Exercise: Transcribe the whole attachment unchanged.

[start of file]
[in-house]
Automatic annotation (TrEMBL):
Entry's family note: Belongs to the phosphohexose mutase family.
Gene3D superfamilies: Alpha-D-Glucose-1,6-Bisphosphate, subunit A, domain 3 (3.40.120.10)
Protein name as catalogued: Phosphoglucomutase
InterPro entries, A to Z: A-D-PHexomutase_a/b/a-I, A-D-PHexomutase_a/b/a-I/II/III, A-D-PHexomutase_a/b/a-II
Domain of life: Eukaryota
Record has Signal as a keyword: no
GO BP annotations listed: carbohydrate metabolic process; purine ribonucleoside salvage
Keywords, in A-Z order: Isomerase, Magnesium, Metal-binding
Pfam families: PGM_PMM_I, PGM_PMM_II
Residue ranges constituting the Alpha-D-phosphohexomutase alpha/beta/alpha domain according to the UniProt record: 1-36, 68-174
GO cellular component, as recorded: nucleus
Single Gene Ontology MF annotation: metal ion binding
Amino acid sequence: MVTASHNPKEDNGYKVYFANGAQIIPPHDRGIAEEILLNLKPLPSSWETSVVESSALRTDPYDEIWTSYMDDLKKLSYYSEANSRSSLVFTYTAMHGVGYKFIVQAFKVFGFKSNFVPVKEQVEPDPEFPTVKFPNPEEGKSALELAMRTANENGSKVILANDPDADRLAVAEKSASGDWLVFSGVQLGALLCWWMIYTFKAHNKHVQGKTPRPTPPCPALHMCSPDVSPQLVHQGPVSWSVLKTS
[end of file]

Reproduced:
[in-house]
Automatic annotation (TrEMBL):
Entry's family note: Belongs to the phosphohexose mutase family.
Gene3D superfamilies: Alpha-D-Glucose-1,6-Bisphosphate, subunit A, domain 3 (3.40.120.10)
Protein name as catalogued: Phosphoglucomutase
InterPro entries, A to Z: A-D-PHexomutase_a/b/a-I, A-D-PHexomutase_a/b/a-I/II/III, A-D-PHexomutase_a/b/a-II
Domain of life: Eukaryota
Record has Signal as a keyword: no
GO BP annotations listed: carbohydrate metabolic process; purine ribonucleoside salvage
Keywords, in A-Z order: Isomerase, Magnesium, Metal-binding
Pfam families: PGM_PMM_I, PGM_PMM_II
Residue ranges constituting the Alpha-D-phosphohexomutase alpha/beta/alpha domain according to the UniProt record: 1-36, 68-174
GO cellular component, as recorded: nucleus
Single Gene Ontology MF annotation: metal ion binding
Amino acid sequence: MVTASHNPKEDNGYKVYFANGAQIIPPHDRGIAEEILLNLKPLPSSWETSVVESSALRTDPYDEIWTSYMDDLKKLSYYSEANSRSSLVFTYTAMHGVGYKFIVQAFKVFGFKSNFVPVKEQVEPDPEFPTVKFPNPEEGKSALELAMRTANENGSKVILANDPDADRLAVAEKSASGDWLVFSGVQLGALLCWWMIYTFKAHNKHVQGKTPRPTPPCPALHMCSPDVSPQLVHQGPVSWSVLKTS